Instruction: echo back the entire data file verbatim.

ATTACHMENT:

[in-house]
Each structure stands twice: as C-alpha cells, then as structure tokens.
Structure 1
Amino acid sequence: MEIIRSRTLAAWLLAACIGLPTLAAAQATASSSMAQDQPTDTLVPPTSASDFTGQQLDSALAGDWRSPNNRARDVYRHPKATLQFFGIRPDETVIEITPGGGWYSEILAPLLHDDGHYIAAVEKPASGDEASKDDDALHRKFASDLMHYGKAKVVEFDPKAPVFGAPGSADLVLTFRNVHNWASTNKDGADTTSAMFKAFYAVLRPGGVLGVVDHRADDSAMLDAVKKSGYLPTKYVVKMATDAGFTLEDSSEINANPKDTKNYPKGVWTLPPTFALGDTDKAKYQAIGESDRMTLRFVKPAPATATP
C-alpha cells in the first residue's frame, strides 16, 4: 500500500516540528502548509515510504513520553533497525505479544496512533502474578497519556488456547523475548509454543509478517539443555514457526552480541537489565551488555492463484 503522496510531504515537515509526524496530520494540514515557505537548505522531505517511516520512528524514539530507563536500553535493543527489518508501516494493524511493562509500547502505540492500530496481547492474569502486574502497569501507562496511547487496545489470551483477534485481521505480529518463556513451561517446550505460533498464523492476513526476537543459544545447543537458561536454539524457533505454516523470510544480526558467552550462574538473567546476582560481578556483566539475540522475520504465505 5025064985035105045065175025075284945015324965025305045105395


[in-house]
Each structure stands twice: as C-alpha cells, then as structure tokens.
Structure 1
Amino acid sequence: MEIIRSRTLAAWLLAACIGLPTLAAAQATASSSMAQDQPTDTLVPPTSASDFTGQQLDSALAGDWRSPNNRARDVYRHPKATLQFFGIRPDETVIEITPGGGWYSEILAPLLHDDGHYIAAVEKPASGDEASKDDDALHRKFASDLMHYGKAKVVEFDPKAPVFGAPGSADLVLTFRNVHNWASTNKDGADTTSAMFKAFYAVLRPGGVLGVVDHRADDSAMLDAVKKSGYLPTKYVVKMATDAGFTLEDSSEINANPKDTKNYPKGVWTLPPTFALGDTDKAKYQAIGESDRMTLRFVKPAPATATP
C-alpha cells in the first residue's frame, strides 16, 4: 500500500516540528502548509515510504513520553533497525505479544496512533502474578497519556488456547523475548509454543509478517539443555514457526552480541537489565551488555492463484 503522496510531504515537515509526524496530520494540514515557505537548505522531505517511516520512528524514539530507563536500553535493543527489518508501516494493524511493562509500547502505540492500530496481547492474569502486574502497569501507562496511547487496545489470551483477534485481521505480529518463556513451561517446550505460533498464523492476513526476537543459544545447543537458561536454539524457533505454516523470510544480526558467552550462574538473567546476582560481578556483566539475540522475520504465505 5025064985035105045065175025075284945015324965025305045105395